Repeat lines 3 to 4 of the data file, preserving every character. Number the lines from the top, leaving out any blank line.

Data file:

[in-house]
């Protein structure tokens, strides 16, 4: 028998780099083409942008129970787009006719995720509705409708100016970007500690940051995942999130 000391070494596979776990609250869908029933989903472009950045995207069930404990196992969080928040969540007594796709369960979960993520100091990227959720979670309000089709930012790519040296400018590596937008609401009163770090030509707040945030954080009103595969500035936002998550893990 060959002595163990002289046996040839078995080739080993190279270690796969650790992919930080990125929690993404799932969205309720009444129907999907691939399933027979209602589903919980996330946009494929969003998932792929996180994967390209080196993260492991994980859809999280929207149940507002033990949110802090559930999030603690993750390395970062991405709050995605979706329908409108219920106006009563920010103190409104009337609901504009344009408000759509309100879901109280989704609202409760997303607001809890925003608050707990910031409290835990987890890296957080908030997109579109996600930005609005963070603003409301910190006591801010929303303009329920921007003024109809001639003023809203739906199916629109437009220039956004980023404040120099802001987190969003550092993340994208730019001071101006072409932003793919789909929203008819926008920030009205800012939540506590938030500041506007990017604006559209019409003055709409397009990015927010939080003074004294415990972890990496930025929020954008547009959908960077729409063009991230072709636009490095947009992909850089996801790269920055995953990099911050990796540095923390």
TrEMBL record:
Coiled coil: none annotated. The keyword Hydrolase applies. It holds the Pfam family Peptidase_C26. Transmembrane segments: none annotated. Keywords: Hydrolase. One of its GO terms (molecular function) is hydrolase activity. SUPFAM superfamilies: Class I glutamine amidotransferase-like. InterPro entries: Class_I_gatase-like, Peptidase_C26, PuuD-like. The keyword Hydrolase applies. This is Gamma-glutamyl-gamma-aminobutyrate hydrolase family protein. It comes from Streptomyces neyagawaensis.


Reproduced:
TrEMBL record:
Coiled coil: none annotated. The keyword Hydrolase applies. It holds the Pfam family Peptidase_C26. Transmembrane segments: none annotated. Keywords: Hydrolase. One of its GO terms (molecular function) is hydrolase activity. SUPFAM superfamilies: Class I glutamine amidotransferase-like. InterPro entries: Class_I_gatase-like, Peptidase_C26, PuuD-like. The keyword Hydrolase applies. This is Gamma-glutamyl-gamma-aminobutyrate hydrolase family protein. It comes from Streptomyces neyagawaensis.